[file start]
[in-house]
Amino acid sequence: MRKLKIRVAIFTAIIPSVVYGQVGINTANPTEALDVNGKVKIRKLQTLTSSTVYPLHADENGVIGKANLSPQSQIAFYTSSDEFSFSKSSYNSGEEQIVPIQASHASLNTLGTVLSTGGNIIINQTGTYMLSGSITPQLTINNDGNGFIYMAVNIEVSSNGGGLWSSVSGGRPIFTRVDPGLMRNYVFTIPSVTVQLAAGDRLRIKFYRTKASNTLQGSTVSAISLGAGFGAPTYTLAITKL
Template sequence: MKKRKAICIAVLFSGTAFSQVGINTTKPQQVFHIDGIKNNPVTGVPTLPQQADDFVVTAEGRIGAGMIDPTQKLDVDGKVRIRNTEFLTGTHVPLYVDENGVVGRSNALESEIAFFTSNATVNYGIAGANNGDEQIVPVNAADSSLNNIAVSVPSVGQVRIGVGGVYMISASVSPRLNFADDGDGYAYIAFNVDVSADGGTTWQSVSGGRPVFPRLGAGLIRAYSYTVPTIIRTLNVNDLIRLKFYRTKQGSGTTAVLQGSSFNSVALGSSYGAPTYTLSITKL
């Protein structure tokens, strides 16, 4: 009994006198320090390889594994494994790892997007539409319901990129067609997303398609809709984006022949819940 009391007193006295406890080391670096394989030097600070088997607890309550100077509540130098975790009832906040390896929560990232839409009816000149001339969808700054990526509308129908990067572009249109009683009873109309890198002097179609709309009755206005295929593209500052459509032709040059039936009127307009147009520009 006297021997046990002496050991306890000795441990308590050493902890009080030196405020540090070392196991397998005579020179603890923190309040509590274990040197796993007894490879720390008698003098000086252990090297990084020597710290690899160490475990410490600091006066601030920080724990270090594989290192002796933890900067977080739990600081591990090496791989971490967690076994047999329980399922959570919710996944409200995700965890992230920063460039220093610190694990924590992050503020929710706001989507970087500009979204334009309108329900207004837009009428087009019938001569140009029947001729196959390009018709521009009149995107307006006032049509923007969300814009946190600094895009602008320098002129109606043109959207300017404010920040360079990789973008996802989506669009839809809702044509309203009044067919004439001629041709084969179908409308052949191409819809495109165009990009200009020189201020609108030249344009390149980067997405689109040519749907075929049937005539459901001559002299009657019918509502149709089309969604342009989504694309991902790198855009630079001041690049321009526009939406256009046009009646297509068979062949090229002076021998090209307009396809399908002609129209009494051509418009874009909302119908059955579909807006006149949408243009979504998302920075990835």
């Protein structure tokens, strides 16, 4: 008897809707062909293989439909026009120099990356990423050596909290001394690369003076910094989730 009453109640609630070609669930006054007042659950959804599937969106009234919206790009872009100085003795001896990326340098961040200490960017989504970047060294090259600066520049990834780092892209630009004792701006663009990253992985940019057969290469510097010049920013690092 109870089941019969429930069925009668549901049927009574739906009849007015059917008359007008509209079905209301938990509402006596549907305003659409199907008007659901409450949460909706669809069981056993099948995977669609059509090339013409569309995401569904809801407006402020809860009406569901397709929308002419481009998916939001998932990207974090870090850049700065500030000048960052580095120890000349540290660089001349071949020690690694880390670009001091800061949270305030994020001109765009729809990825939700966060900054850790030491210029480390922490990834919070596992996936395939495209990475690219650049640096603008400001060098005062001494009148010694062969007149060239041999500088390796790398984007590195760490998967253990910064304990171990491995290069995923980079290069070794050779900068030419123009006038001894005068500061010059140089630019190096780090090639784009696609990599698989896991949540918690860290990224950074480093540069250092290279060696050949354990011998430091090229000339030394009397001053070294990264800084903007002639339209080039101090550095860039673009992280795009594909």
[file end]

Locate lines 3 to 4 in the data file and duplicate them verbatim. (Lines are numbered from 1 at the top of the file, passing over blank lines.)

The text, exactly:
Template sequence: MKKRKAICIAVLFSGTAFSQVGINTTKPQQVFHIDGIKNNPVTGVPTLPQQADDFVVTAEGRIGAGMIDPTQKLDVDGKVRIRNTEFLTGTHVPLYVDENGVVGRSNALESEIAFFTSNATVNYGIAGANNGDEQIVPVNAADSSLNNIAVSVPSVGQVRIGVGGVYMISASVSPRLNFADDGDGYAYIAFNVDVSADGGTTWQSVSGGRPVFPRLGAGLIRAYSYTVPTIIRTLNVNDLIRLKFYRTKQGSGTTAVLQGSSFNSVALGSSYGAPTYTLSITKL
């Protein structure tokens, strides 16, 4: 009994006198320090390889594994494994790892997007539409319901990129067609997303398609809709984006022949819940 009391007193006295406890080391670096394989030097600070088997607890309550100077509540130098975790009832906040390896929560990232839409009816000149001339969808700054990526509308129908990067572009249109009683009873109309890198002097179609709309009755206005295929593209500052459509032709040059039936009127307009147009520009 006297021997046990002496050991306890000795441990308590050493902890009080030196405020540090070392196991397998005579020179603890923190309040509590274990040197796993007894490879720390008698003098000086252990090297990084020597710290690899160490475990410490600091006066601030920080724990270090594989290192002796933890900067977080739990600081591990090496791989971490967690076994047999329980399922959570919710996944409200995700965890992230920063460039220093610190694990924590992050503020929710706001989507970087500009979204334009309108329900207004837009009428087009019938001569140009029947001729196959390009018709521009009149995107307006006032049509923007969300814009946190600094895009602008320098002129109606043109959207300017404010920040360079990789973008996802989506669009839809809702044509309203009044067919004439001629041709084969179908409308052949191409819809495109165009990009200009020189201020609108030249344009390149980067997405689109040519749907075929049937005539459901001559002299009657019918509502149709089309969604342009989504694309991902790198855009630079001041690049321009526009939406256009046009009646297509068979062949090229002076021998090209307009396809399908002609129209009494051509418009874009909302119908059955579909807006006149949408243009979504998302920075990835």